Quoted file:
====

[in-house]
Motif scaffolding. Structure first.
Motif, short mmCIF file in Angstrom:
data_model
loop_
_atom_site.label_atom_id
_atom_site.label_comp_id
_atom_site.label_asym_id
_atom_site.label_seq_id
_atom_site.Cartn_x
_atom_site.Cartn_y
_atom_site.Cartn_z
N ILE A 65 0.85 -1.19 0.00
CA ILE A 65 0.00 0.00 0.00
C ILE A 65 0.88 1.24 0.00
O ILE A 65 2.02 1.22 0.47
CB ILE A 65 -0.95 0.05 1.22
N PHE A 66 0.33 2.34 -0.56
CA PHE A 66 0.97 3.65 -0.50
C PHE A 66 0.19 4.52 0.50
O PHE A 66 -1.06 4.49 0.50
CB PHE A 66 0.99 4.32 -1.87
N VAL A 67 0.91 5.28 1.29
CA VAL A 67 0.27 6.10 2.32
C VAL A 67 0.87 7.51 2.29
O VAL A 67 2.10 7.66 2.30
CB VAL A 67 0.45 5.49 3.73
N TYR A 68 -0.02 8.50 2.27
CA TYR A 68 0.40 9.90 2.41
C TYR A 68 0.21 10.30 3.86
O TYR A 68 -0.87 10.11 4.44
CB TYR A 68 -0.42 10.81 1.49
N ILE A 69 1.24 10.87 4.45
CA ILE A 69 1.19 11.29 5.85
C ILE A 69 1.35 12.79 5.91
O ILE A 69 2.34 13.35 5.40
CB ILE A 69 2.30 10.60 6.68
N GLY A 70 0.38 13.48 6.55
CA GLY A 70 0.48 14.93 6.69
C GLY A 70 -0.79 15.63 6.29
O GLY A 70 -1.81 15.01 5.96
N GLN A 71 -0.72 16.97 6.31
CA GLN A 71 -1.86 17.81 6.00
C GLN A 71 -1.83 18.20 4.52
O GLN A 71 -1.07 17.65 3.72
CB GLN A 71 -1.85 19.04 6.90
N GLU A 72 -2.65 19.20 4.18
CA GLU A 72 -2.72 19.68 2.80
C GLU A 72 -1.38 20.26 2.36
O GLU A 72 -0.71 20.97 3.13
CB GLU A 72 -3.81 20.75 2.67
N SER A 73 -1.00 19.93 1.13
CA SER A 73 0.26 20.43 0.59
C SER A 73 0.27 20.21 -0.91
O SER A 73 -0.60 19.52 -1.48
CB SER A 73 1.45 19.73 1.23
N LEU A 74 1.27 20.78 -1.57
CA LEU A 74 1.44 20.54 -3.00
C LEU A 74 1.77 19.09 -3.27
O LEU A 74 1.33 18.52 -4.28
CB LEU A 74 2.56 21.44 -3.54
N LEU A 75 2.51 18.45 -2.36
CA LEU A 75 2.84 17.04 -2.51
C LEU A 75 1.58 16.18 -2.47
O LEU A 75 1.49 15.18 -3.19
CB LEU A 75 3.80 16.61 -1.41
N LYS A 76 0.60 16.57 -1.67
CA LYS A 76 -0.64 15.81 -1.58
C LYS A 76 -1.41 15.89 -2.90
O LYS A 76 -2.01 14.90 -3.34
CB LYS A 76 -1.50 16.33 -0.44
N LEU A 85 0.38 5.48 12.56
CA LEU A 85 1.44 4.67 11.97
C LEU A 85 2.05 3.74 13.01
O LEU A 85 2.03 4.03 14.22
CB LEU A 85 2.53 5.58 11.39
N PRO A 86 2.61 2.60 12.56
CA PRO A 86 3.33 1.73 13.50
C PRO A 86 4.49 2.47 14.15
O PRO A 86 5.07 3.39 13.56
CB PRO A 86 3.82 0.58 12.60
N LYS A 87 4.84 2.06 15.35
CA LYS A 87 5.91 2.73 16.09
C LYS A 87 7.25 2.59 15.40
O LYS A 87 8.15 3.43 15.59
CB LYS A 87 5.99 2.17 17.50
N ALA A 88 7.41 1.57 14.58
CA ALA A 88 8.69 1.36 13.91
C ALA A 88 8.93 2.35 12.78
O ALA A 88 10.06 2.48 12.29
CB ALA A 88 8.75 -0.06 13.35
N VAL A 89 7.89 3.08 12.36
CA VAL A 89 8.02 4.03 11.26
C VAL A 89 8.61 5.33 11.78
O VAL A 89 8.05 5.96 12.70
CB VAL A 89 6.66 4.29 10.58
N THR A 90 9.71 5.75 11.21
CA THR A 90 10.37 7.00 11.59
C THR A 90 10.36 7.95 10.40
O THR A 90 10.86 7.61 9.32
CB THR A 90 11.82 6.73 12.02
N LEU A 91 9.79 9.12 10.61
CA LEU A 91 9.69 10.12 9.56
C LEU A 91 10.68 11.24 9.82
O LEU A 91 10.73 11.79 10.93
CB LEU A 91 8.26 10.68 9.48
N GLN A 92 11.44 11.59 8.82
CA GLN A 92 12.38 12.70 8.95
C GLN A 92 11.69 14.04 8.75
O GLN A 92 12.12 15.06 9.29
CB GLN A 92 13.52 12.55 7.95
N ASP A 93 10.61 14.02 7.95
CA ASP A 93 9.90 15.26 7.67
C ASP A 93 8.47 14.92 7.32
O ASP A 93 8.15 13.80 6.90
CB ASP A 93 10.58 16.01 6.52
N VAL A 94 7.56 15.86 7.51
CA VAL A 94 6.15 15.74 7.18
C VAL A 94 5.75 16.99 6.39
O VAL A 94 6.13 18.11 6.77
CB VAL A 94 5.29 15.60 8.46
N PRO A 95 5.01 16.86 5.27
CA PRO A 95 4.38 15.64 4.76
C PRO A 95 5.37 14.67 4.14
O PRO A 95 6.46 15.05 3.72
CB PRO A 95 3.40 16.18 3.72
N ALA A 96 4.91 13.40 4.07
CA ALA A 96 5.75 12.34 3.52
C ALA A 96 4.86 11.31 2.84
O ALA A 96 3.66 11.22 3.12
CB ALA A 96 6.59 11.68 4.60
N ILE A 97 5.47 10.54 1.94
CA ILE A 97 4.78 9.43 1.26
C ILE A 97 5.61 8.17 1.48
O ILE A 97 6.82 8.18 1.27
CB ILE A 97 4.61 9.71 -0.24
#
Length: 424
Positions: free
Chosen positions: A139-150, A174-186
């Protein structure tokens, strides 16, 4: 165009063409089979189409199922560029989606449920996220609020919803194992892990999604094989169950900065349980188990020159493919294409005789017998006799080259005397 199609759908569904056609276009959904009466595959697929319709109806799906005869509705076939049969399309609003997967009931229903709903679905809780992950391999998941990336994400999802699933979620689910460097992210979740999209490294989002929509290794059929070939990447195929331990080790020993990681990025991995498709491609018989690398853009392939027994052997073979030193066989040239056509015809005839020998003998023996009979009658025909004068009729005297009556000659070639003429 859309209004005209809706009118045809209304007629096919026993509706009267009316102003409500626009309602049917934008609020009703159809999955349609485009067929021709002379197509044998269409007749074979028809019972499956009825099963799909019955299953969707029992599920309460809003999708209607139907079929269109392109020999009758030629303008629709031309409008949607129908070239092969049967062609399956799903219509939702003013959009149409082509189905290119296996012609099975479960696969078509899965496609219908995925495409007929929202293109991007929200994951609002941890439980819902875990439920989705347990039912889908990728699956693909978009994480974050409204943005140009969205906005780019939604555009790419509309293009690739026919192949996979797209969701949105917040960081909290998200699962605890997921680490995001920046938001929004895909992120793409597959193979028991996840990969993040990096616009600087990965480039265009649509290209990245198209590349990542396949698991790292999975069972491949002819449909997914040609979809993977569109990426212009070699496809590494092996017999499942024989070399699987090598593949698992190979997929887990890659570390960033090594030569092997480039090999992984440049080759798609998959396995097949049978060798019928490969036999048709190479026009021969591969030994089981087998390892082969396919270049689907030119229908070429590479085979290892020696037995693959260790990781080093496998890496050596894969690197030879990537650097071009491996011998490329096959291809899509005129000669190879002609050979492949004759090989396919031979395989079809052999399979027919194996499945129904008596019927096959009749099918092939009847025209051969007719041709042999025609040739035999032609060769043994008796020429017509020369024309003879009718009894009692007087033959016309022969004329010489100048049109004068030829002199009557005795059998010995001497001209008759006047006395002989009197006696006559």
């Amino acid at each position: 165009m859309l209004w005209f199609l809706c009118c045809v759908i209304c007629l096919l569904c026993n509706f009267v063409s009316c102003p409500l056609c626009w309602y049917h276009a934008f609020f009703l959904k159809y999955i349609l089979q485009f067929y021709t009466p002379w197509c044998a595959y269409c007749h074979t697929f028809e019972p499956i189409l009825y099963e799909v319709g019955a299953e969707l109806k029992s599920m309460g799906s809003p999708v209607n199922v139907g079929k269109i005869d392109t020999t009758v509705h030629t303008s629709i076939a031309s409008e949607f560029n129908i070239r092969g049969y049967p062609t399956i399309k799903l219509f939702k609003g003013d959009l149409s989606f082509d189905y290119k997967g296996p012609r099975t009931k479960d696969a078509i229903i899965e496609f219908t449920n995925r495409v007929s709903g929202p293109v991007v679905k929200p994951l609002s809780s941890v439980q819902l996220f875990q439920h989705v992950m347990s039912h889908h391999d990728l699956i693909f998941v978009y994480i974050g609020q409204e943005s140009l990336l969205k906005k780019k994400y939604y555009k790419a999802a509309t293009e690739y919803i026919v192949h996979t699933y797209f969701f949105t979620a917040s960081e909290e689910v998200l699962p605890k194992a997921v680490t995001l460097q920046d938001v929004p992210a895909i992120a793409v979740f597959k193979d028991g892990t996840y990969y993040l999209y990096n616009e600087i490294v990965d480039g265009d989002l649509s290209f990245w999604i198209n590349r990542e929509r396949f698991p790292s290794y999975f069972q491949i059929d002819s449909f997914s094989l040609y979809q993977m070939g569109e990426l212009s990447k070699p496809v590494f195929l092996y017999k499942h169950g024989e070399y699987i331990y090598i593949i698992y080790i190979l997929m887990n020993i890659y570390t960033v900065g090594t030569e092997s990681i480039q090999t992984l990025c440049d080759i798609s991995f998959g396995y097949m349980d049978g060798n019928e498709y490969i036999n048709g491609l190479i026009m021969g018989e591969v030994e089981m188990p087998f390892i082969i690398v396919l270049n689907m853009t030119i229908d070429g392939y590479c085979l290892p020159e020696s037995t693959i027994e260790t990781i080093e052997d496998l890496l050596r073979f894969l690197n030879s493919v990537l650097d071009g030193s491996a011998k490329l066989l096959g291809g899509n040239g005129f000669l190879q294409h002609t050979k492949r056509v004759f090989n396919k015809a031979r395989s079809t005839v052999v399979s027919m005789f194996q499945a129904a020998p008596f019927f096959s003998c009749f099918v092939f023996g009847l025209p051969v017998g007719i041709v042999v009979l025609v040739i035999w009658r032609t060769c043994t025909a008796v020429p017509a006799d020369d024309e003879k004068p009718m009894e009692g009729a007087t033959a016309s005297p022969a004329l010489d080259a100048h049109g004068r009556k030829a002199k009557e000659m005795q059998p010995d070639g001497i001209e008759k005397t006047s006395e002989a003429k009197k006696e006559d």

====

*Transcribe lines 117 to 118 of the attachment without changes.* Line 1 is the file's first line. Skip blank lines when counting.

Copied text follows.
N VAL A 94 7.56 15.86 7.51
CA VAL A 94 6.15 15.74 7.18